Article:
For my wife's birthday last weekend, we went to Atlanta. It's not our favorite town, but it's got places to shop that we don't. Like IKEA
. And the Lennox Square Mall, which is hidden in a tear in space-time between some toll road and The Container Store (it was right here, I swear). We shopped, we stayed in a hotel, we saw a fecking brilliant show. And we did it. IT. Ill-freaky-na-na. In a hotel.
We had only been to IKEA once before, though we had lusted after it from afar on the internet and in ReadyMade
. The first time we went, we went just because we felt we should, you know. Because it was there, and we were within a four hour drive of it. I actually had the thought that I didn't want this to be like the Rock and Roll or NFL halls of fame, both of which are within 45 minutes of my hometown, though I've never seen the innards of either. No, IKEA is an icon of an aspect of my personal culture that, unlike professional football or rock and roll, cannot be ignored: cheap furniture.
The first time we went, it was fun. A field trip. Ooh, look how huge the place is. Oh, they have a nice little cafeteria. Wow, lots of cheap stuff. Everything is so wonderful. Look, I just shit a rainbow-covered pony.
The second time, the time of which we must now speak - nicht so gut.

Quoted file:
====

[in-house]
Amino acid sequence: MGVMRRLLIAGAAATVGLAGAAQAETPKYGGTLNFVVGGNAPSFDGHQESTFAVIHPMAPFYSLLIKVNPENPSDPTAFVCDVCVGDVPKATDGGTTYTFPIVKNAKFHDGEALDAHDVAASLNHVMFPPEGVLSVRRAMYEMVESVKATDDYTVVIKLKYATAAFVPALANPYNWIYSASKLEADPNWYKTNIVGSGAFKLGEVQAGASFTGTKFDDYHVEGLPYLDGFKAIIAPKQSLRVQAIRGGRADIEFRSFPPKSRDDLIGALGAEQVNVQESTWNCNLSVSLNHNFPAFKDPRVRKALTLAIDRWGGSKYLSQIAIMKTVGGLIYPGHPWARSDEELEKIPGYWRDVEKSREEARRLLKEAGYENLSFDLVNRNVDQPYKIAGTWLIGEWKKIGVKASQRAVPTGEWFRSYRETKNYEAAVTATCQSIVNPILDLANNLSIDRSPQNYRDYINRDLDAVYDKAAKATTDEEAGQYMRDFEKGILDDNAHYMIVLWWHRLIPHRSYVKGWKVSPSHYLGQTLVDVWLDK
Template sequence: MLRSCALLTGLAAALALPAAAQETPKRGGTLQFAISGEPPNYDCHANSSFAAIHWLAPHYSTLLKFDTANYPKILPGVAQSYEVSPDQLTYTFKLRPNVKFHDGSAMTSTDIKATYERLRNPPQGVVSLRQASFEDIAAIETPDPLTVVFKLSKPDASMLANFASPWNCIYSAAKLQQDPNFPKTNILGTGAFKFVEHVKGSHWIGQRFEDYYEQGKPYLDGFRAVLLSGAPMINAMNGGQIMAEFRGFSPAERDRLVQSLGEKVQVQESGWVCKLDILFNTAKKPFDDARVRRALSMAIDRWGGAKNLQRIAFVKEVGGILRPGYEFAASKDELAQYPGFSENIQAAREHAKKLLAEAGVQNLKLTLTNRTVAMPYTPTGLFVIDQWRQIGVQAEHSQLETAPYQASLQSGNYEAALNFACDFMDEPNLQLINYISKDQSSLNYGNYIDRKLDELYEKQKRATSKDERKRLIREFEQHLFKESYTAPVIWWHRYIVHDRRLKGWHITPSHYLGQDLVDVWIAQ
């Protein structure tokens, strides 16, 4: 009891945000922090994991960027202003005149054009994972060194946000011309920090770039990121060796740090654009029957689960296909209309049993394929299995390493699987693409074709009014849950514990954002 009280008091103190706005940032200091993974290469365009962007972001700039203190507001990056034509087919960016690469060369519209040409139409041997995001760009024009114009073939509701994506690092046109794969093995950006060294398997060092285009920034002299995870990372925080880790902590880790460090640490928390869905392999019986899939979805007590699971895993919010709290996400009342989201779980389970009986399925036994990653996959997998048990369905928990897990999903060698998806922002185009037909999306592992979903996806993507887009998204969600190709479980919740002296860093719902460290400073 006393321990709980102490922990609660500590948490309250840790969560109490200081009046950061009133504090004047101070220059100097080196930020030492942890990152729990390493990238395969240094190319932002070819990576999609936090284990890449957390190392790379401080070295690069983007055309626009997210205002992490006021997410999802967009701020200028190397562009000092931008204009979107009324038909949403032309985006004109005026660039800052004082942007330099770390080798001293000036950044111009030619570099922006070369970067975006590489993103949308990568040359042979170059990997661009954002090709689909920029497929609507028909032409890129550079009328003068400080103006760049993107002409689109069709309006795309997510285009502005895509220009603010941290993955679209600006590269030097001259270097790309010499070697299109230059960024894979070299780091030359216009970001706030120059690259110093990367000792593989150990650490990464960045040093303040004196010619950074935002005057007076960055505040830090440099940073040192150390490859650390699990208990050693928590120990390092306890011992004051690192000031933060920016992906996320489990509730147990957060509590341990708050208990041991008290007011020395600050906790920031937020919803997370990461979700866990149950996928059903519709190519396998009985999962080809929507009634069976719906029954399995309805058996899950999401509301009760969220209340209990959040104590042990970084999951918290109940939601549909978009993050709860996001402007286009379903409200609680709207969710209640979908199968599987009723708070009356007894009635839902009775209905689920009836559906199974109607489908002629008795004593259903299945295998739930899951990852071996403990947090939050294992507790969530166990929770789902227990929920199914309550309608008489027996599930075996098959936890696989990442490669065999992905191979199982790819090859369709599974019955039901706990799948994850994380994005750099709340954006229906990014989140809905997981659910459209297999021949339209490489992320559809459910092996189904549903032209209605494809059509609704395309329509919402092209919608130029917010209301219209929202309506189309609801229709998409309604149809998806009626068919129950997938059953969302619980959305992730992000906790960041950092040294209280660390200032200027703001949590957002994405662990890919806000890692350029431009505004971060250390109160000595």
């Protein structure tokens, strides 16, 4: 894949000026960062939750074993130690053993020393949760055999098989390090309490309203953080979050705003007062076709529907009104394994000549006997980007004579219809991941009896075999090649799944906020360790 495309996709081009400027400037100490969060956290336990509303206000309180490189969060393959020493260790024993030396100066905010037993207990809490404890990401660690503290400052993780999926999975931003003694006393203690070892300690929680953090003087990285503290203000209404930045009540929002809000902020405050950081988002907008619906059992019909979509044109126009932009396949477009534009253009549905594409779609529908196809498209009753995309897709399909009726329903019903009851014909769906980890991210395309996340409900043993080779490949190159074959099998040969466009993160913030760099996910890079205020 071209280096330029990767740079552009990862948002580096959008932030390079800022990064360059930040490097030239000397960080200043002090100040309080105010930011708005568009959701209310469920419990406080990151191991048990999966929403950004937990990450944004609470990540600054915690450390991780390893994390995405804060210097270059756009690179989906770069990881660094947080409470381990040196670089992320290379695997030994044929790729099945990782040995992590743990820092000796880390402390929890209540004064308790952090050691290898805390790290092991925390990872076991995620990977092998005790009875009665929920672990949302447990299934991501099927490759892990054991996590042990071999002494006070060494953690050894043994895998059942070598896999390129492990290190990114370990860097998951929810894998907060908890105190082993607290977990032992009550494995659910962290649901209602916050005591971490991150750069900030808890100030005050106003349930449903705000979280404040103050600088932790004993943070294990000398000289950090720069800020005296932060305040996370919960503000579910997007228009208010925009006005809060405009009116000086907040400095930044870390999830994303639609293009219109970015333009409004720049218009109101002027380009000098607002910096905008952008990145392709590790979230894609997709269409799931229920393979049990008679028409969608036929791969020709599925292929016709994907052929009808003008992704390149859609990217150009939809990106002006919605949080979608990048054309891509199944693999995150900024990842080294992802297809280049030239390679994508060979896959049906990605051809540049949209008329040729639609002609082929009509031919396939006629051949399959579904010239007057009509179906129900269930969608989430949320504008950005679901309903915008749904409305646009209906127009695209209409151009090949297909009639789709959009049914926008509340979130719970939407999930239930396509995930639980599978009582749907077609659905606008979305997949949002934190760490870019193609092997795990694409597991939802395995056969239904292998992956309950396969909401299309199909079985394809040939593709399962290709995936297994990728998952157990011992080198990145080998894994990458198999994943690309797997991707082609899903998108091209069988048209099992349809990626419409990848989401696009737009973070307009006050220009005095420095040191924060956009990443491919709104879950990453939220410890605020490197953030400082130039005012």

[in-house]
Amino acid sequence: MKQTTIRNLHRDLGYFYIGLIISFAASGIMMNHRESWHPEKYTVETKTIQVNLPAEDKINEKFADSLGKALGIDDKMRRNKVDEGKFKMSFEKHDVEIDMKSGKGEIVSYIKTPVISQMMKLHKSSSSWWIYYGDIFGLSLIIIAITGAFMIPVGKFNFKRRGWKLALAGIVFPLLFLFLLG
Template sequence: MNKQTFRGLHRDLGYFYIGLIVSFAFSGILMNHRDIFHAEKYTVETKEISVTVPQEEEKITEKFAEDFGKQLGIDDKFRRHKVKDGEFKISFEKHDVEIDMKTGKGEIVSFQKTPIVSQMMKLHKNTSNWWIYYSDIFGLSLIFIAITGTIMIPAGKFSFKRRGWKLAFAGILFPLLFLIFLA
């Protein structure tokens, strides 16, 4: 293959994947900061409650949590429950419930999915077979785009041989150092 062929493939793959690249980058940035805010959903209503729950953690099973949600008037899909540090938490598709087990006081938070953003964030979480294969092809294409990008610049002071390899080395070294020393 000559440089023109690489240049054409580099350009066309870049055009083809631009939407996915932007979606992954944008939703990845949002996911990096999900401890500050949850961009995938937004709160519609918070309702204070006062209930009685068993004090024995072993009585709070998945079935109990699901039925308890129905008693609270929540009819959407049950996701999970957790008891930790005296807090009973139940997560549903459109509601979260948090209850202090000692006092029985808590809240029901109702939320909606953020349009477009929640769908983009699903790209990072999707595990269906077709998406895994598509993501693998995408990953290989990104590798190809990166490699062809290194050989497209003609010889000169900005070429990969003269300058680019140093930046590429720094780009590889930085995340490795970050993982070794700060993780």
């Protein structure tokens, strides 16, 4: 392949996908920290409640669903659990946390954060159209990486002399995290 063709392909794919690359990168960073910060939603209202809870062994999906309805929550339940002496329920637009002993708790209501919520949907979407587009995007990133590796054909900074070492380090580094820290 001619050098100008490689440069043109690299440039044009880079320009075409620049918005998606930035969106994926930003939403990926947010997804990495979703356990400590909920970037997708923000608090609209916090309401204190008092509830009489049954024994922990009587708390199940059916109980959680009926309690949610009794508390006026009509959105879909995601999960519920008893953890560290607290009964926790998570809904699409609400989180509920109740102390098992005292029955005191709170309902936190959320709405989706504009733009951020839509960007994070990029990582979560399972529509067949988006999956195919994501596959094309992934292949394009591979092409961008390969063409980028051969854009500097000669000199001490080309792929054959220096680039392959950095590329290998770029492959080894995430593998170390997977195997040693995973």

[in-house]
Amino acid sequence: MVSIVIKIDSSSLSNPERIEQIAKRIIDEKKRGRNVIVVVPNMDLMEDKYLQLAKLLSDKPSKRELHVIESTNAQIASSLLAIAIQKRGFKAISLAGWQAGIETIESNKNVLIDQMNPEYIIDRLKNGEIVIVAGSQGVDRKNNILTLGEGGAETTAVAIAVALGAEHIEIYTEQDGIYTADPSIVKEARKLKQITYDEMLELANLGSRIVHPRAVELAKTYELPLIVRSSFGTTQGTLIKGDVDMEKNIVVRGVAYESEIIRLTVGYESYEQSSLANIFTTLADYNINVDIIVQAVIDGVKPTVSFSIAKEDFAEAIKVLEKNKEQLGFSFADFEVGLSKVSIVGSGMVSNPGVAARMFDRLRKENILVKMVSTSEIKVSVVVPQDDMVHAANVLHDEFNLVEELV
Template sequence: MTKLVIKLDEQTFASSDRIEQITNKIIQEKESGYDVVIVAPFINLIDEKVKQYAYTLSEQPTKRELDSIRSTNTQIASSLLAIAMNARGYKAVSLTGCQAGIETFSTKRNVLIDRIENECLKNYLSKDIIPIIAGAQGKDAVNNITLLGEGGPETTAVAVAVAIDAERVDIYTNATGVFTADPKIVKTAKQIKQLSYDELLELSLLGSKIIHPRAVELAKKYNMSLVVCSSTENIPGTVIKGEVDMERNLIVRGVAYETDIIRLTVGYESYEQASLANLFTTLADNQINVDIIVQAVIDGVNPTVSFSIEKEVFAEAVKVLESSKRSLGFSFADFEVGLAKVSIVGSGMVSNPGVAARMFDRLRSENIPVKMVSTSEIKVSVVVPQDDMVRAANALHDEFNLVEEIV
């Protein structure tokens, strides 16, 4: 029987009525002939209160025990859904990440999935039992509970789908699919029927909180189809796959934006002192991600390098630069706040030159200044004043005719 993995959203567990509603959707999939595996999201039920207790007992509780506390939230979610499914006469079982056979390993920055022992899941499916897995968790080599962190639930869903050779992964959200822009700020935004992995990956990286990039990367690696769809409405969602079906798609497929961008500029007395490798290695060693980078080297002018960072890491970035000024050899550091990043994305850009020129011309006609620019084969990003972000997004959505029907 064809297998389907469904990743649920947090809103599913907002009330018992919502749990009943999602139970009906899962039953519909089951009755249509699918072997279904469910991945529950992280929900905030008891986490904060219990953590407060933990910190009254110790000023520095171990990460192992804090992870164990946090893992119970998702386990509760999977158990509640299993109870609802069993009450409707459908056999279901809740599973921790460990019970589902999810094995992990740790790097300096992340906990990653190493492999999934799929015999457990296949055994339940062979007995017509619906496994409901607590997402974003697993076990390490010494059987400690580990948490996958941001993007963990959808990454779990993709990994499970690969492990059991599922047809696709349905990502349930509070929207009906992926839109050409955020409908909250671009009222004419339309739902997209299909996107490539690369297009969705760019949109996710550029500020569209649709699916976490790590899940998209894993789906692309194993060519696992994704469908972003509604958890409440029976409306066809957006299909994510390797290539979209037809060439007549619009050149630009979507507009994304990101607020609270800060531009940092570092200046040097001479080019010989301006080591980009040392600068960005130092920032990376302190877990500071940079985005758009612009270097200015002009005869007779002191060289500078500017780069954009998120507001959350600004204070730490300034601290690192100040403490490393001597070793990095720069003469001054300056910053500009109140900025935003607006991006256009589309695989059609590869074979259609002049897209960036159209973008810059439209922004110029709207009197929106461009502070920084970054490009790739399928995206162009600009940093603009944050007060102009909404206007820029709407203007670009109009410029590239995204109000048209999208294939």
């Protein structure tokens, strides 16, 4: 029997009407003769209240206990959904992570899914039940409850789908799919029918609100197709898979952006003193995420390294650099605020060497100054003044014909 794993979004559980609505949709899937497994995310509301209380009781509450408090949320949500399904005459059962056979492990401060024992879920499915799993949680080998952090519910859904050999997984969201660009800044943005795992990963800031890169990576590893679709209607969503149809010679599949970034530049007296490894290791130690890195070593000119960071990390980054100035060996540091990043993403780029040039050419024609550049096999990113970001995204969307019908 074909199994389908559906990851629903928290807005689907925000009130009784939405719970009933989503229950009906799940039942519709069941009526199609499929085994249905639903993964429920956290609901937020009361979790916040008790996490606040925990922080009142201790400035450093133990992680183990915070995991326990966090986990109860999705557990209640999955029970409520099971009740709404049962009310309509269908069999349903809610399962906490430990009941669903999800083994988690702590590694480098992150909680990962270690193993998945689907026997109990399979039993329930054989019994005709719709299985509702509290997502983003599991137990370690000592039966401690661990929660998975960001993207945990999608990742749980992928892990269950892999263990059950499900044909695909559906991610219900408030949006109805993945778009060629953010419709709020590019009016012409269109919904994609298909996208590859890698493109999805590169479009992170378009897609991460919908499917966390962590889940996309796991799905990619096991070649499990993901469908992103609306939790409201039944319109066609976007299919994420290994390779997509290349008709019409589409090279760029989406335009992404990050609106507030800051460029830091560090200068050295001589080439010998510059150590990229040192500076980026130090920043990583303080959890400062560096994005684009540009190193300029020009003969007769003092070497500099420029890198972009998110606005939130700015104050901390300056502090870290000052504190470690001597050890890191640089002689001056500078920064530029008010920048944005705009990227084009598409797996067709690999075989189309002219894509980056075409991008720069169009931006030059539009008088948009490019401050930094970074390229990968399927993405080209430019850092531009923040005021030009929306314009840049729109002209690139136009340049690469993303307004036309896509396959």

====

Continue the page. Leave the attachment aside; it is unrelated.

Having rented a massive car for hauling our inevitable newly-acquired shit, we set out - rosy-cheeked and drunk with the heady prospect of dragging a metric ton (tonne?) of unassembled entertainment center out of some Swede's big blue-and-yellow warehouse. No, that isn't a euphemism. We knew how wonderful and enlightening IKEA could be. We wanted to be there again, but this time with money
. Oh, how foolish we were.
There is a kind of purchasing fever that overtakes you when you're in IKEA. The alluring, cleverly designed (ooh, look this table folds up into a paperweight) and entirely unrealistic mock-ups of living spaces they have throughout the store. Living in 327 square feet. Living in 493 square feet. Clean lines, cubbies for everything, coatracks that morph into sewing machines, homes built in total defiance of the laws of physics. But no one I know could live in them. There is no room to, you know...be a slob. Where are the couches whose cushions are actually just bags of dirty laundry that I rotate out only when I scrape together enough cash for a bottle of detergent?
Wow, that's brilliant.
Of course, we also got what we wanted. An entertainment center of damn-near NASA proportions. You know, because we have a DVD player AND TiVo, which take up tons of space. There is a lot of sad empty shelf space on it now. We put all of our DVDs on it. Wireless router and cable modem. Our dozen or so remaining VHS cassettes. Um...phone books. A computer. There is so much damn space left on this piece that I'm thinking about leasing it out. Seriously. You have any shit you can't find a place for in your apartment? I've two whole freaking drawers
that I haven't even touched. Although, I am thinking about keeping the dog in one.
But we're back. We bought so much stuff last time that we had to leave two chairs at my friend's house in Atlanta, which I am picking up tomorrow. And I'm already starting to get IKEA shakes. I don't know how I'm going to make it, being that close again, but with no money this time.
Maybe I could pawn some stuff.